Faker: book review
Mark Carey delivers an unsettling, imaginative tale, that makes for a damn fine comic book...
Writer: Mark CareyArt: JockPublisher: Titan BooksPrice: £8.99
The magic of a fevered imagination is that you find a combination of possibilities and adventures that weave in and out of reality, almost in step with the world you know but just given an extra twist. Mike Carey has established himself as one of those modern comic-book myth makers, examining the human condition from some fantastical perspectives, as witnessed in Hellblazer, Lucifer and even X-men. Under Vertigo’s guidance, he has been able to follow distinctly different tales and Faker is his latest surreal mystery, which takes a group of students on a personal journey into the unknown, and a confrontation with their own mortality.
In essence, four college kids share one drunken night together. All harbour dark secrets and all are recklessly willing to party hard. They’re wired up and ready to try a new drug, Angel’s Dust, which has them hallucinating and puking their guts up When they wake in the morning, they have little recollection of what happened except for Nick Philo. He retains his memory but otherwise he’s become a non-person. He has ceased to exist in the minds of his tutors, girlfriends and employers. Only his close circle of friends know who he is. As he starts melting away, the quartet grow increasingly concerned of the drug’s ill-effects and having been forced to flee the authorities, they embark on a desperate search to find those who have the answers before they reach a final, irreparable end.
Carey has a group of unattractive slackers and hustlers: Jessie has sex with married men in order to blackmail them into paying for her course fees, whilst Marky is just a sexual predator, and Sack troubled by his own inner insecurities. The environment is set in a kind of everyman college campus, and there are contaminated elements of danger, conspiracy and even surrealism blended into the narrative. It makes their plight even more chilling. In addition the story becomes an exploration of memory and how disenfranchising its loss can be. Even with no superheroes or demons in sight, it has a disorientating atmosphere. Less psychedelic than psychological in its impact.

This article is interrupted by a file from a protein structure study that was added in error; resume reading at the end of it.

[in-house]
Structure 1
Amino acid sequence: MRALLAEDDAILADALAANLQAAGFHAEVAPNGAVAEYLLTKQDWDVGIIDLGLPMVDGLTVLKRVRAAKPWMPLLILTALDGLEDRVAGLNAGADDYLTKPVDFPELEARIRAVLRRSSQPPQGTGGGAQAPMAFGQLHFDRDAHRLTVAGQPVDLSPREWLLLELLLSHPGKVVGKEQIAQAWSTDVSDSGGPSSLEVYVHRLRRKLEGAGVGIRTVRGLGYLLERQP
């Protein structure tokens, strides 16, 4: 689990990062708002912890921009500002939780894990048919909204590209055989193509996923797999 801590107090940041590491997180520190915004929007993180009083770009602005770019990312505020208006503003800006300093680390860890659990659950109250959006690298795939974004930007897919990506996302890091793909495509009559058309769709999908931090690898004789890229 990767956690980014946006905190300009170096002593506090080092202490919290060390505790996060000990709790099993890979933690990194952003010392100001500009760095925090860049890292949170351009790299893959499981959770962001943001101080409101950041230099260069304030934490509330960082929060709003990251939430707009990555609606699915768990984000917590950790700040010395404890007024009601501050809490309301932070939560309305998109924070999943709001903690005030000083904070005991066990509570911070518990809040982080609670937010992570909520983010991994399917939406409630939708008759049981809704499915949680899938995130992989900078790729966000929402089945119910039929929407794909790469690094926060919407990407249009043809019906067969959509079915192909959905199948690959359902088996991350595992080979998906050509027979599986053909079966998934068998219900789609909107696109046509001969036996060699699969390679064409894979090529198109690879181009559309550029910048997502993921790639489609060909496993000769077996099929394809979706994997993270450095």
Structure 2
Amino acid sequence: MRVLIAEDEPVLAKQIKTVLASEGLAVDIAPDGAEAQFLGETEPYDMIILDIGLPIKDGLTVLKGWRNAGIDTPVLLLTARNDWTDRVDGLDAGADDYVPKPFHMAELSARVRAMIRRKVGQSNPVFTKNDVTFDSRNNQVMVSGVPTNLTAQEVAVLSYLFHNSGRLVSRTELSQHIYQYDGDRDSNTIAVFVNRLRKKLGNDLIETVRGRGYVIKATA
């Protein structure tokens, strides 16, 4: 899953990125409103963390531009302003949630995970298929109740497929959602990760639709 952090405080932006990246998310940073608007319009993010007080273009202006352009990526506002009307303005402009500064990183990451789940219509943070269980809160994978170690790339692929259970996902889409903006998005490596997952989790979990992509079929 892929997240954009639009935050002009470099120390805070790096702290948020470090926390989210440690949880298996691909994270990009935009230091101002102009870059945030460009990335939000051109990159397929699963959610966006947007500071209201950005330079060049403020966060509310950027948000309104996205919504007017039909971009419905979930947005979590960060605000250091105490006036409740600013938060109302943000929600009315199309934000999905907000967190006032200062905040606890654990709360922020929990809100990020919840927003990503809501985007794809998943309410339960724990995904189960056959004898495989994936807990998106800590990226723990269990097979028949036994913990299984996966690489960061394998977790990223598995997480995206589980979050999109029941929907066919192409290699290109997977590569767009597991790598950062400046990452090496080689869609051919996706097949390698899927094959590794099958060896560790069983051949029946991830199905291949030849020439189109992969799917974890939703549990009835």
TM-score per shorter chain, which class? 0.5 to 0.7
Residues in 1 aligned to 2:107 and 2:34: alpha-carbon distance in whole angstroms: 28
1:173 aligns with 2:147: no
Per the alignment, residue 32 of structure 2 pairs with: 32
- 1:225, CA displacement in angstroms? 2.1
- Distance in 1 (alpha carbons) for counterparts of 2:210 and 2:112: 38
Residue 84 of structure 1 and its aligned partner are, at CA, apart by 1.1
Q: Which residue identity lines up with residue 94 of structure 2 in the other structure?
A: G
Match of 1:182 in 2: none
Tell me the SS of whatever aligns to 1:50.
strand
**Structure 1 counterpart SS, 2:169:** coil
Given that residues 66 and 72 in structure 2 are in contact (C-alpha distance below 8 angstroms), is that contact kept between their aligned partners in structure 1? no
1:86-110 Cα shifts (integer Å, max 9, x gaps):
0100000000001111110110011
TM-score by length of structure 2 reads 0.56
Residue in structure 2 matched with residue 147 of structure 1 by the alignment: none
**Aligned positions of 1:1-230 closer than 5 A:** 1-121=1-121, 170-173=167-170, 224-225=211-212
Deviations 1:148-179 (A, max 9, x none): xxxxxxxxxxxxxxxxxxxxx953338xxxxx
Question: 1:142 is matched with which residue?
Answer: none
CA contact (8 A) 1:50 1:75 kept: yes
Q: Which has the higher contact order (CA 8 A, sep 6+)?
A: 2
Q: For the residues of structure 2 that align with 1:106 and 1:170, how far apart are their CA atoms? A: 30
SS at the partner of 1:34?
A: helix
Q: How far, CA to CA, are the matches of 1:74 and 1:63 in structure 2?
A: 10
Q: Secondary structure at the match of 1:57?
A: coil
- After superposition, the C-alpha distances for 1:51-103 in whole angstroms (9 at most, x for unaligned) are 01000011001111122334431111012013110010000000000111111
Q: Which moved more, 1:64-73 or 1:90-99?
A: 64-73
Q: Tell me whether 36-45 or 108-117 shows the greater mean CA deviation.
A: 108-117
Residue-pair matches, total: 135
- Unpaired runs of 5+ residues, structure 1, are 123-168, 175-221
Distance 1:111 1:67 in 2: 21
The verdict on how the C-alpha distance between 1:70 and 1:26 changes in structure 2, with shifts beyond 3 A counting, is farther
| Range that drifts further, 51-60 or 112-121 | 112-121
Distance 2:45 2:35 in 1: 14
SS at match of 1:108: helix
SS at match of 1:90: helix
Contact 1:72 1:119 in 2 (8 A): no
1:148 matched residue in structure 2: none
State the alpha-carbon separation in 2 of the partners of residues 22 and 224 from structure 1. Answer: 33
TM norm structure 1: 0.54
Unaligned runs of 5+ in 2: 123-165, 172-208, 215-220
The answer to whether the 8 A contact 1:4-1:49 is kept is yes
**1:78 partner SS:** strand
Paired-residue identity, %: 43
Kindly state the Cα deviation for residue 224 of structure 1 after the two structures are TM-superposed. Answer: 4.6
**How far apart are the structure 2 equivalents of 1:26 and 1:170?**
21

The disjointed narrative is suitably complemented by Jock’s edgy, angular artwork, previously seen in The Losers and Green Arrow: Year One, evoking a more fractured world of hidden menace. The colour scheme is less lurid and more earthy in tone, adding to a sense of murky nightmare. It matches Carey’s fractured style of narrative, forming a team of subtle nightmare-makers, provocatively exploring the barriers of disillusion constructed around ourselves as we escape unhappiness in whatever form we can. Faker is not just a person, it’s a state of being and a disorientating, good read.